St. Stapanos Monastery, Jolfa, Iran, 2016
The story of this photo and this place—St. Stepanos Monastery, an Armenian Monastery in the Julfa Valley of NW Iran—has a fairly long arc that goes back to when I first became interested in studying Christianity. In my first year at Norther Arizona University, I had actually wanted to take a class on Islam but nothing was offered that semester. So, I decided to take the class on Christianity instead, assuming that I probably didn’t know much about it despite living in a predominately Christian society. I was right. And I was blessed in this class with a fantastic teacher, Dr. Arne Hassing, who taught with as much passion as knowledge about the subject. Eventually through my relationship with Dr. Hassing I became interested in Fundamentalism (including Islamic Fundamentalism, eventually, which is also one reason I became interested in Iran) and Pentecostalism, which became my main interest in graduate school.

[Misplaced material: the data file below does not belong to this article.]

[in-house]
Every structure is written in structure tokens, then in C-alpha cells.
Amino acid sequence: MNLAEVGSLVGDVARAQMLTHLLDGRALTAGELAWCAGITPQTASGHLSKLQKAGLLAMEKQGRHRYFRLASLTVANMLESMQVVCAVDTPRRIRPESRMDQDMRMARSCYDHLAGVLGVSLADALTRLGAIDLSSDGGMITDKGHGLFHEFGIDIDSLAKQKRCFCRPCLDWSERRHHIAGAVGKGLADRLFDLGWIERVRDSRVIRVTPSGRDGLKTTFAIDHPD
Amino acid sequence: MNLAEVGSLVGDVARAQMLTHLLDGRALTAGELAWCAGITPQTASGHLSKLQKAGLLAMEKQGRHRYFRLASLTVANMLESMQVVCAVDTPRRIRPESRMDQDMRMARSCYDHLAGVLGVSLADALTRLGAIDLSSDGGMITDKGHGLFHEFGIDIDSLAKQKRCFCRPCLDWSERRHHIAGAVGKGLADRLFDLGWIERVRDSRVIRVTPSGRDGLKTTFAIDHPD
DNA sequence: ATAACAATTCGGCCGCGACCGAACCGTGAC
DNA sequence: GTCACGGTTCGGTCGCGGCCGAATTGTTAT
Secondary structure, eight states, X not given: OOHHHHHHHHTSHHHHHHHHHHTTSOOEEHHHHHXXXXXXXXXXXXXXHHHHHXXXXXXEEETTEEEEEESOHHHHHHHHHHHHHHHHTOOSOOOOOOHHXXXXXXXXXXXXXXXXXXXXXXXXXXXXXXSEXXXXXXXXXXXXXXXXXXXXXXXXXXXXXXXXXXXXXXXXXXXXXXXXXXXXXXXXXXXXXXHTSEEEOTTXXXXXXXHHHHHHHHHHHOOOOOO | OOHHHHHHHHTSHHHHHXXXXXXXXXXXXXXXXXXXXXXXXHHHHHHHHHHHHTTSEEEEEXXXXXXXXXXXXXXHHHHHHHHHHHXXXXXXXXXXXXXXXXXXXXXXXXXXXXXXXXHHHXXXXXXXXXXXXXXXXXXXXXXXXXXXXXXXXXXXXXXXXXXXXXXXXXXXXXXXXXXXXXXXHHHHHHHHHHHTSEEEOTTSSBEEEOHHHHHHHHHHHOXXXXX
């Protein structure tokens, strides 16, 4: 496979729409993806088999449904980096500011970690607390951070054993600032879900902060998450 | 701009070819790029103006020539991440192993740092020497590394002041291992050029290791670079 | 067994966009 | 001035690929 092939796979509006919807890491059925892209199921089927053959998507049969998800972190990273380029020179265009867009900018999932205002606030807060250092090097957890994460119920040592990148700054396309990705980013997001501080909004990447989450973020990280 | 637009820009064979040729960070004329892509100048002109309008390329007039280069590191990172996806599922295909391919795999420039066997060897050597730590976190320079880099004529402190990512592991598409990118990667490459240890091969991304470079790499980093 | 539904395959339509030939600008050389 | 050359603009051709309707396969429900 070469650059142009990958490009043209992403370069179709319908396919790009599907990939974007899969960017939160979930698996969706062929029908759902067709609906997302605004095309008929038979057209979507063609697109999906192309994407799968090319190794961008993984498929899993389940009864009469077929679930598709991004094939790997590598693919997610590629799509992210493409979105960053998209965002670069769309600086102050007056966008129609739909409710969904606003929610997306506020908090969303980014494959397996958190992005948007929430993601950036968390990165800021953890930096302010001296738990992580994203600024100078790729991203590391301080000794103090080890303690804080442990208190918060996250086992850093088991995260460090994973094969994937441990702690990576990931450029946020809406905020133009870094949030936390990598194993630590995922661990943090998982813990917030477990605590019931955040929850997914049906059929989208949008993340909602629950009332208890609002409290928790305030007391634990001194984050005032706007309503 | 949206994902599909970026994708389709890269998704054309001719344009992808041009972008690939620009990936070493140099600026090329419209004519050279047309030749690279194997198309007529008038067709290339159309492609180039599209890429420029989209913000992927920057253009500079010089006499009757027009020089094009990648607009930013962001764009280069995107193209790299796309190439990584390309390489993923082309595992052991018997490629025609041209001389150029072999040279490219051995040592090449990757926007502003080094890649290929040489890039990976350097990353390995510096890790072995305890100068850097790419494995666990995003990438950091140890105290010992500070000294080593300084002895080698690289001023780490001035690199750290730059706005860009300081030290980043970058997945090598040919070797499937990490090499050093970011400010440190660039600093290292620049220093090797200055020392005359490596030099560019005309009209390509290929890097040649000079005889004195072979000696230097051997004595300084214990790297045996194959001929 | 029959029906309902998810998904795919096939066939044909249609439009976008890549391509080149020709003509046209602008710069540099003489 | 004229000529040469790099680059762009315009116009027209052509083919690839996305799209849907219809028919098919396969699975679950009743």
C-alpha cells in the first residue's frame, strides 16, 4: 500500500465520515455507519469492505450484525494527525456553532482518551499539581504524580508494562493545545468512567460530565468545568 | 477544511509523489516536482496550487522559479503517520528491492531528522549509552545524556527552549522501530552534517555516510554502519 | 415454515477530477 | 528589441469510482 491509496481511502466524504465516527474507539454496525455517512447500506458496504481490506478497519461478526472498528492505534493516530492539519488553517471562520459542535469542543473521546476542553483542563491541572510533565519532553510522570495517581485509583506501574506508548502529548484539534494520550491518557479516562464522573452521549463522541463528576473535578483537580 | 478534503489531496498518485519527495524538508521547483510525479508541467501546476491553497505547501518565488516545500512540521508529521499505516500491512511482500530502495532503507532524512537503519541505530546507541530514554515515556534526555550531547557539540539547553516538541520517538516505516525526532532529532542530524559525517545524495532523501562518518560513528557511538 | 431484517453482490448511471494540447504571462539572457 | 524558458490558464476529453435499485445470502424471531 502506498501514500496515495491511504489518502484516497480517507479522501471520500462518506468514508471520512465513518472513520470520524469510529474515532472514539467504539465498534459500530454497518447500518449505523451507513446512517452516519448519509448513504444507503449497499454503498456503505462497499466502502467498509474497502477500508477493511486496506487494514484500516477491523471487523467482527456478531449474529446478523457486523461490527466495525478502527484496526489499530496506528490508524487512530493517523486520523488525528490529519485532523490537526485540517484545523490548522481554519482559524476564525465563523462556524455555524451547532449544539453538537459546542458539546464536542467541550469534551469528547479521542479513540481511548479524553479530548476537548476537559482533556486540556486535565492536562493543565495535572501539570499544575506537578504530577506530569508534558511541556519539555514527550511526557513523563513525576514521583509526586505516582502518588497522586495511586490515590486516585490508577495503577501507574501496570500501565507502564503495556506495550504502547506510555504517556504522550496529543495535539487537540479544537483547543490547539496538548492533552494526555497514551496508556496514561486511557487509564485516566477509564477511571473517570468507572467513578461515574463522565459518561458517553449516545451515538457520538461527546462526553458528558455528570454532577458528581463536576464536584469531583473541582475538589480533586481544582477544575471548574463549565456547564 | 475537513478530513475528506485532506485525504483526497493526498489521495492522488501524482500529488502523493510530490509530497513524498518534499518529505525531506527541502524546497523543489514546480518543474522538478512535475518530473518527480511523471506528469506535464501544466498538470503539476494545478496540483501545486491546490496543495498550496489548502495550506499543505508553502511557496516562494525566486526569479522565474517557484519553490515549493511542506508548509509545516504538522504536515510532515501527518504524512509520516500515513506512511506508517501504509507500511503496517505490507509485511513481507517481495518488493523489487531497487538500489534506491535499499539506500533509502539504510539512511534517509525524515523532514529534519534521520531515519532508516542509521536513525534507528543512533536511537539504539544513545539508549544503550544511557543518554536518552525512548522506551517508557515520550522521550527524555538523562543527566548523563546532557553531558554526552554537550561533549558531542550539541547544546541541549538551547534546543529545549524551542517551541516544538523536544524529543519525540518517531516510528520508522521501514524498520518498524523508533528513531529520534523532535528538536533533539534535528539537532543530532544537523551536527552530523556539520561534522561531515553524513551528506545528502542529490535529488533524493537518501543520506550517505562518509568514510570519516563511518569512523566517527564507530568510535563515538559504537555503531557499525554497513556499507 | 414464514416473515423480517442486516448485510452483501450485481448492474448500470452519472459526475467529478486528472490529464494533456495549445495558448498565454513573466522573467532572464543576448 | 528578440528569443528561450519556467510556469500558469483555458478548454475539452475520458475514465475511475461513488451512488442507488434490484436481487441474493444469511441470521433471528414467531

One particular lesson that stood out from that class was regarding the 1st century of Christianity after Jesus died, and the excitement of early Christians regarding the imminent return of Christ at literally any moment. The first church at this site was from that time, founded in 62 CE, just 40 years after Christ was crucified. It was founded by Saint Bartholomew the Apostle, who many biblical scholars believe is the same person as Nathanael . (yes, like my name!). The building here was built much later, in the 14th century, by Armenian Christians. When I was trying to choose a tour for Iran, this site was very high on my list, and it didn’t disappoint. However, we arrived in later afternoon so the sun was no longer hitting the monastery directly. So getting a good photo was tricky. I hiked up the hill and captured this shot with Armenia in the background.